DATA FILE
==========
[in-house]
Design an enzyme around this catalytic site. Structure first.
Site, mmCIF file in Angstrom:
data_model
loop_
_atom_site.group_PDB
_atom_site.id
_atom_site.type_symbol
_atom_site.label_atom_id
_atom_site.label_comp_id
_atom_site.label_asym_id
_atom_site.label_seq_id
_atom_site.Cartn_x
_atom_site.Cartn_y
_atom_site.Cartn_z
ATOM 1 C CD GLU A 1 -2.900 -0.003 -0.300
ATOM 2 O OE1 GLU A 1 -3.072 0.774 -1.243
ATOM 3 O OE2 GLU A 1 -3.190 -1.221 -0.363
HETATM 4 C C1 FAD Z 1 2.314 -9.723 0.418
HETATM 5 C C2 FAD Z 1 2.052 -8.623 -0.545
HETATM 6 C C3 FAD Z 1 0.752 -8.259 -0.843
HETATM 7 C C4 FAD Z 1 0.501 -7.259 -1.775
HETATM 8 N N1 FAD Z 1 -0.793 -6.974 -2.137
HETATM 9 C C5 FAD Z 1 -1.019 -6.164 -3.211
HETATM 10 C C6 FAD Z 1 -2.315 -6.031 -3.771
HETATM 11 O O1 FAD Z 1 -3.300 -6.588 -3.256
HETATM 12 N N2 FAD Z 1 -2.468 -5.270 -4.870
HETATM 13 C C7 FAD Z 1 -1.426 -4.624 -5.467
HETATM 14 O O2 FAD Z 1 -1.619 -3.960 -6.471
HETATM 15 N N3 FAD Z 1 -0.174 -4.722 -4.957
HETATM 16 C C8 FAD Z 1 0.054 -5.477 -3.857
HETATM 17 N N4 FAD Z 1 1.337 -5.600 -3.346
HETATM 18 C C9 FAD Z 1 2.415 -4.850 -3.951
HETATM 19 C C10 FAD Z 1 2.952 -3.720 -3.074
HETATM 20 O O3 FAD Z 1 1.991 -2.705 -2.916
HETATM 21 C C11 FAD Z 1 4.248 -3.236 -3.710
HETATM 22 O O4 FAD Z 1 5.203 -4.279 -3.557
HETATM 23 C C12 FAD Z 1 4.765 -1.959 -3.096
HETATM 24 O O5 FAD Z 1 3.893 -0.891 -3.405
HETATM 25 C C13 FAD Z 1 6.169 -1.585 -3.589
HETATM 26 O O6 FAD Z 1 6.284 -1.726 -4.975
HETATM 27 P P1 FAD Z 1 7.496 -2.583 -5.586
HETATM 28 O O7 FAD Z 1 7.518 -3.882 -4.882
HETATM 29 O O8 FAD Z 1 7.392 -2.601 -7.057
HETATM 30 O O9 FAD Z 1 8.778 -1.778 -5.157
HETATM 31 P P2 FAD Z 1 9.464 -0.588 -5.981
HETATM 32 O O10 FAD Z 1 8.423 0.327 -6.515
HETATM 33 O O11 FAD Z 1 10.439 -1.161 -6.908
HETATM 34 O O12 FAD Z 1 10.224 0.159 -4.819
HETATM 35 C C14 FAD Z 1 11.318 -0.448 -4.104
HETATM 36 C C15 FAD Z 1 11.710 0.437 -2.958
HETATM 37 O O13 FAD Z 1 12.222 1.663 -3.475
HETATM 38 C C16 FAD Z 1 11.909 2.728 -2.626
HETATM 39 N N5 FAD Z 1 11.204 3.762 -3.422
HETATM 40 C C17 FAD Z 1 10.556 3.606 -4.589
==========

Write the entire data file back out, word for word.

[in-house]
Design an enzyme around this catalytic site. Structure first.
Site, mmCIF file in Angstrom:
data_model
loop_
_atom_site.group_PDB
_atom_site.id
_atom_site.type_symbol
_atom_site.label_atom_id
_atom_site.label_comp_id
_atom_site.label_asym_id
_atom_site.label_seq_id
_atom_site.Cartn_x
_atom_site.Cartn_y
_atom_site.Cartn_z
ATOM 1 C CD GLU A 1 -2.900 -0.003 -0.300
ATOM 2 O OE1 GLU A 1 -3.072 0.774 -1.243
ATOM 3 O OE2 GLU A 1 -3.190 -1.221 -0.363
HETATM 4 C C1 FAD Z 1 2.314 -9.723 0.418
HETATM 5 C C2 FAD Z 1 2.052 -8.623 -0.545
HETATM 6 C C3 FAD Z 1 0.752 -8.259 -0.843
HETATM 7 C C4 FAD Z 1 0.501 -7.259 -1.775
HETATM 8 N N1 FAD Z 1 -0.793 -6.974 -2.137
HETATM 9 C C5 FAD Z 1 -1.019 -6.164 -3.211
HETATM 10 C C6 FAD Z 1 -2.315 -6.031 -3.771
HETATM 11 O O1 FAD Z 1 -3.300 -6.588 -3.256
HETATM 12 N N2 FAD Z 1 -2.468 -5.270 -4.870
HETATM 13 C C7 FAD Z 1 -1.426 -4.624 -5.467
HETATM 14 O O2 FAD Z 1 -1.619 -3.960 -6.471
HETATM 15 N N3 FAD Z 1 -0.174 -4.722 -4.957
HETATM 16 C C8 FAD Z 1 0.054 -5.477 -3.857
HETATM 17 N N4 FAD Z 1 1.337 -5.600 -3.346
HETATM 18 C C9 FAD Z 1 2.415 -4.850 -3.951
HETATM 19 C C10 FAD Z 1 2.952 -3.720 -3.074
HETATM 20 O O3 FAD Z 1 1.991 -2.705 -2.916
HETATM 21 C C11 FAD Z 1 4.248 -3.236 -3.710
HETATM 22 O O4 FAD Z 1 5.203 -4.279 -3.557
HETATM 23 C C12 FAD Z 1 4.765 -1.959 -3.096
HETATM 24 O O5 FAD Z 1 3.893 -0.891 -3.405
HETATM 25 C C13 FAD Z 1 6.169 -1.585 -3.589
HETATM 26 O O6 FAD Z 1 6.284 -1.726 -4.975
HETATM 27 P P1 FAD Z 1 7.496 -2.583 -5.586
HETATM 28 O O7 FAD Z 1 7.518 -3.882 -4.882
HETATM 29 O O8 FAD Z 1 7.392 -2.601 -7.057
HETATM 30 O O9 FAD Z 1 8.778 -1.778 -5.157
HETATM 31 P P2 FAD Z 1 9.464 -0.588 -5.981
HETATM 32 O O10 FAD Z 1 8.423 0.327 -6.515
HETATM 33 O O11 FAD Z 1 10.439 -1.161 -6.908
HETATM 34 O O12 FAD Z 1 10.224 0.159 -4.819
HETATM 35 C C14 FAD Z 1 11.318 -0.448 -4.104
HETATM 36 C C15 FAD Z 1 11.710 0.437 -2.958
HETATM 37 O O13 FAD Z 1 12.222 1.663 -3.475
HETATM 38 C C16 FAD Z 1 11.909 2.728 -2.626
HETATM 39 N N5 FAD Z 1 11.204 3.762 -3.422
HETATM 40 C C17 FAD Z 1 10.556 3.606 -4.589